Intelligent transportation systems of the future will take advantage of rapid developments in information and communication technology. Their aim is to make the movement of traffic safer, more efficient, more comfortable and cleaner by linking relevant traffic information coming from the vehicles (eg navigation, in-vehicle data systems) with that from roadside sensor systems (eg traffic flow, density, weather etc). So-called 'cooperative vehicle infrastructure systems' should promote the safe and optimal use of road network capacity and a better response to incidents and hazards, through increased and up-to-date information about vehicles, their location, and road conditions in the whole road network.

Figure 1: Cooperative infrastructure vehicle track.
Figure 1: Cooperative infrastructure vehicle track.

The cooperative vehicle infrastructure system used in this project had a total length of six kilometres and was installed on part of the Austrian freeway A2. The test track was equipped with several wireless access points, enabling a seamless communication zone for bidirectional vehicle-to-infrastructure communication.

The collection of traffic data was performed with a camera system consisting of sixteen video cameras along eight cross-sections. From the camera images, microscopic traffic data such as velocity, type of vehicle (passenger car/HGV) and appropriate lane are derived by image-processing software. Out of this, macroscopic values such as aggregated traffic flow and average velocities for each section and lane are calculated.

Weather data was collected by a weather station installed on the centre of the test track. The station was equipped with both standard sensors (eg temperature, precipitation type and intensity, wind speed, humidity etc) and additional sensors for precise safety evaluation (eg integrated water film thickness, visibility). Both traffic and weather information were collected through a time-triggered central server system and were prepared for further data processing there.

On the infrastructure side, a complete road surface and road bed measurement was performed with a specially equipped measurement vehicle (RoadSTAR), which measured safety-related parameters like skid resistance, transverse evenness, longitudinal profile, roughness, texture and road geometry in a standardized manner.

In order for bidirectional cooperative vehicle-infrastructure interaction to work, it is necessary both to gather information from vehicles driving on the section and to transfer relevant events from them. The basic idea comes from the classical approach of floating car data, where vehicles regularly transmit their positions, which can then be used to generate traffic information (travel times, velocities, level of service).

Within the project, an in-car application was developed that processed vehicle data and detected the following events from it: accident, emergency braking, loss of traction, rain, wet surface and warning light activation. Together with the GPS position, the event code was transmitted to the central system in real time. For demonstration purposes, substitute signals like headlight activation or other 'harmless' events were used to simulate the events mentioned above.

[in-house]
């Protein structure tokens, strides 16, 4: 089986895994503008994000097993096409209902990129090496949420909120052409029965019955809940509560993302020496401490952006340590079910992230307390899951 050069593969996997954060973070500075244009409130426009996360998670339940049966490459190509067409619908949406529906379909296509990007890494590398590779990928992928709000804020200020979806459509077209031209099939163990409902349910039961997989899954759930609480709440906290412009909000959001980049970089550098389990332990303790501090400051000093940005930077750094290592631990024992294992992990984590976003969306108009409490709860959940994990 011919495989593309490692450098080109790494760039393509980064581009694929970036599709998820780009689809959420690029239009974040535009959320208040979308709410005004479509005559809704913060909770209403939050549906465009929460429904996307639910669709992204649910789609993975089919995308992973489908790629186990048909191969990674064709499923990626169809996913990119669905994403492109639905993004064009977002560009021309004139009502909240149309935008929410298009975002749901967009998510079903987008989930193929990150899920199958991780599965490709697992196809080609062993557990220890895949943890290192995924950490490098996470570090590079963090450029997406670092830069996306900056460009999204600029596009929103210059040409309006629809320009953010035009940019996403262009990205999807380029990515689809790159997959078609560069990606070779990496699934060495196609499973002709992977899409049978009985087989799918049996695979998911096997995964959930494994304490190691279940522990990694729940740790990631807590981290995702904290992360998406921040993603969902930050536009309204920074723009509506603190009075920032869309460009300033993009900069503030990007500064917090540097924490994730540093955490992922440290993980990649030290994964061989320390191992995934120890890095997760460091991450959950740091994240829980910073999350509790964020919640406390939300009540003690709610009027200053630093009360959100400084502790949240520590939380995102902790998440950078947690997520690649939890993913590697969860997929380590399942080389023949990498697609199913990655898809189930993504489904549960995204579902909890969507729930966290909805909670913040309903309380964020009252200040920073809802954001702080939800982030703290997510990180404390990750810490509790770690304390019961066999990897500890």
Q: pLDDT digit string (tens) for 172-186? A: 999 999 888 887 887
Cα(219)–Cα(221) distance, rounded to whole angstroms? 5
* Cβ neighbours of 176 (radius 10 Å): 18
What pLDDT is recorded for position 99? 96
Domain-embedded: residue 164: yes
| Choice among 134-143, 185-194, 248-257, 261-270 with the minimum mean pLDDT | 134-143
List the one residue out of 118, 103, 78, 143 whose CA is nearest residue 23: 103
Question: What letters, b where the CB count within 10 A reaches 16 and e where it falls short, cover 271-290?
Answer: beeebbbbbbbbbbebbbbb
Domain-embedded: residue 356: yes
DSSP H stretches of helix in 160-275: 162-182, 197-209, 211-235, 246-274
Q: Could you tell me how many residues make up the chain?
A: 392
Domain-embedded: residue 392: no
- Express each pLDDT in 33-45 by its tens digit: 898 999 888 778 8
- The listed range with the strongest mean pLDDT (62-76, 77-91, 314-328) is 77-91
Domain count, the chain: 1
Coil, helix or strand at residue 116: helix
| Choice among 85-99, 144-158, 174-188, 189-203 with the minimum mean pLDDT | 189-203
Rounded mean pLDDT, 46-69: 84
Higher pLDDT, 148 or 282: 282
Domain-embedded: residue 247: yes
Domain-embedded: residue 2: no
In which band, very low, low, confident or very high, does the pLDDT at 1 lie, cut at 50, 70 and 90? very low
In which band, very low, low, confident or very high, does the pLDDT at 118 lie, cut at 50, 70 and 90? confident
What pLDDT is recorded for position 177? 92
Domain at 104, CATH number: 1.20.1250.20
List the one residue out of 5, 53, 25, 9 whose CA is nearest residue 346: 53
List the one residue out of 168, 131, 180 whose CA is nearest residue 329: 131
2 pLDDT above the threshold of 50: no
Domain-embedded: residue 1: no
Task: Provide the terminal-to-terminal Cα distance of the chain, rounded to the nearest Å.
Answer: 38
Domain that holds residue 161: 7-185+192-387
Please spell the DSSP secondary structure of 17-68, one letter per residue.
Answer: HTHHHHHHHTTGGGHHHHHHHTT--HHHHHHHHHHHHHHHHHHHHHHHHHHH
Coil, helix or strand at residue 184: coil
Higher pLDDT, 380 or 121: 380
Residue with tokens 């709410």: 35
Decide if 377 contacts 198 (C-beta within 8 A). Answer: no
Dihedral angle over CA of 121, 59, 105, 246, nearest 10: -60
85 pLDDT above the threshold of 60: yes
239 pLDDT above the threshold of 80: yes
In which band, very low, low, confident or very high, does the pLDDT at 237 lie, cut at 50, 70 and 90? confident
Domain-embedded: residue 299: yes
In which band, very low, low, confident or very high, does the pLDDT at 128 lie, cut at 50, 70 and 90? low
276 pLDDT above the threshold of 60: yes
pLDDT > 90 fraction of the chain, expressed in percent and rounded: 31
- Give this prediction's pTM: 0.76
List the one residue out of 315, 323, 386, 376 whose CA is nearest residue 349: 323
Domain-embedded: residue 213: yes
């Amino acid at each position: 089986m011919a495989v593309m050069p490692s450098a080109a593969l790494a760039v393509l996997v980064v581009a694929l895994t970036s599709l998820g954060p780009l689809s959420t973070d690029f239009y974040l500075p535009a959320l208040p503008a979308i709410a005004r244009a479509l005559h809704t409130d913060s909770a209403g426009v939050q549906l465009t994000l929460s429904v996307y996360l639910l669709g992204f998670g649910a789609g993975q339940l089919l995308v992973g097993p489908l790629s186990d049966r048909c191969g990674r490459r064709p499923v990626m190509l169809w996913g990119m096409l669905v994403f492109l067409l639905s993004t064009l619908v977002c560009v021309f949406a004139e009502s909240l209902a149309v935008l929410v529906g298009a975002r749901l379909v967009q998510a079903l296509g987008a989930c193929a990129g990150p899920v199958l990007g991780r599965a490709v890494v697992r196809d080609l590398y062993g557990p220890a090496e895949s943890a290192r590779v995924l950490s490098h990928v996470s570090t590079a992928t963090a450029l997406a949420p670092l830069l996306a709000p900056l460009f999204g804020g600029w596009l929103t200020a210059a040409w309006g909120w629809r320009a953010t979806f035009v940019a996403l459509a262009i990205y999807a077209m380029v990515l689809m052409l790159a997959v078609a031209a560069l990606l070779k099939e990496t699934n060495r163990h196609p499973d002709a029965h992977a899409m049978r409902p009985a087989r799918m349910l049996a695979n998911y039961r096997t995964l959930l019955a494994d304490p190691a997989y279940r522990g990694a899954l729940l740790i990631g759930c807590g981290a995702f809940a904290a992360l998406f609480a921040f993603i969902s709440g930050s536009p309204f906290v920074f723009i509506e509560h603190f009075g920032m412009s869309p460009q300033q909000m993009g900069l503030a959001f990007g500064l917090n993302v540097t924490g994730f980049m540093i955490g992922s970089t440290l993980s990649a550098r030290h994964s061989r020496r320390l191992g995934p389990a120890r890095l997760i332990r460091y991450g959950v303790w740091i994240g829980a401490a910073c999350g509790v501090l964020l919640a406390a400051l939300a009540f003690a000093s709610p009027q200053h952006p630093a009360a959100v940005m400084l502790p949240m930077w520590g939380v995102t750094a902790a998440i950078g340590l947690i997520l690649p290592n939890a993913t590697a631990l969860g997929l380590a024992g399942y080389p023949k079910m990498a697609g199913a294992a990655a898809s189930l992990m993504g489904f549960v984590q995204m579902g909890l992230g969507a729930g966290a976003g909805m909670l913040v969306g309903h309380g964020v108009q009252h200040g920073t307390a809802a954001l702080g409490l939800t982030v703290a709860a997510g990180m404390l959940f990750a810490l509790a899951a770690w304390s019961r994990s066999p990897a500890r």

The data measured by the traffic and weather sensors was transferred through a fibre optic communication network to the processing servers. The processing servers received the time-based (weather, traffic) and event-based data (extended floating car data, xFCD) and calculated a recommended adaptive velocity for each lane and section along the track. The algorithms developed for the calculation of the adaptive velocity were also a subject of the research project.

The aim of the project was to demonstrate traffic safety applications that run within a cooperative vehicle-infrastructure system. A number of test scenarios were run during the project in which incidents on the infrastructure side were simulated by manually changing the traffic or weather values. The data transmission time between the infrastructure and vehicles was under two seconds, which is a satisfying value at a prototype (demonstration) level. The uploading of extended floating car data events was also demonstrated successfully by sending (simulated) in-vehicle events (eg 'accident'). The information was processed and sent back to the relevant section (and vehicles) within two seconds.

At the beginning of the project, an accident analysis for this specific part of the freeway was performed. This showed that almost 50% of accidents recorded were due to cars straying out of their lanes due to unsuitable velocities, while another 20% were rear-end collisions. Both these types of accident can be avoided by a warning and recommendation system, and a significant reduction in the number of accidents and their severity can be expected in the future.


Please contact:
Kashif Din
Österreichisches Forschungs- und Prüfzentrum Arsenal GmbH, Austria
Tel: +43 50550 6639

Next issue: January 2018
Special theme:
Quantum Computing
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